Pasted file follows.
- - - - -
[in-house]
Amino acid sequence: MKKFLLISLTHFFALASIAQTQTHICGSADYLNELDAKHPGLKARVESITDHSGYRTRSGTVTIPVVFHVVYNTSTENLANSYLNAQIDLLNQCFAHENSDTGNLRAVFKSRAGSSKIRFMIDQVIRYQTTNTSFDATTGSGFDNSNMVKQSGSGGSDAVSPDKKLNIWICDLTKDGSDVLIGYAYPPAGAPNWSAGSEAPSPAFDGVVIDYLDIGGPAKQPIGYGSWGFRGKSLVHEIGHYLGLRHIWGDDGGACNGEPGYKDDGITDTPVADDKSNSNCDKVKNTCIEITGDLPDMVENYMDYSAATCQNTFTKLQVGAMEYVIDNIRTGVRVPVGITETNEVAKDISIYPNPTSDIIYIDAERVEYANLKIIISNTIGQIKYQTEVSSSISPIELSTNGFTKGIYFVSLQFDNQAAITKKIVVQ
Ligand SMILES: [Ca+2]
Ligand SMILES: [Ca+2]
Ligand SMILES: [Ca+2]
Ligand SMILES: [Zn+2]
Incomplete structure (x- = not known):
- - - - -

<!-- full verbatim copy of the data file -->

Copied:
[in-house]
Amino acid sequence: MKKFLLISLTHFFALASIAQTQTHICGSADYLNELDAKHPGLKARVESITDHSGYRTRSGTVTIPVVFHVVYNTSTENLANSYLNAQIDLLNQCFAHENSDTGNLRAVFKSRAGSSKIRFMIDQVIRYQTTNTSFDATTGSGFDNSNMVKQSGSGGSDAVSPDKKLNIWICDLTKDGSDVLIGYAYPPAGAPNWSAGSEAPSPAFDGVVIDYLDIGGPAKQPIGYGSWGFRGKSLVHEIGHYLGLRHIWGDDGGACNGEPGYKDDGITDTPVADDKSNSNCDKVKNTCIEITGDLPDMVENYMDYSAATCQNTFTKLQVGAMEYVIDNIRTGVRVPVGITETNEVAKDISIYPNPTSDIIYIDAERVEYANLKIIISNTIGQIKYQTEVSSSISPIELSTNGFTKGIYFVSLQFDNQAAITKKIVVQ
Ligand SMILES: [Ca+2]
Ligand SMILES: [Ca+2]
Ligand SMILES: [Ca+2]
Ligand SMILES: [Zn+2]
Incomplete structure (x- = not known):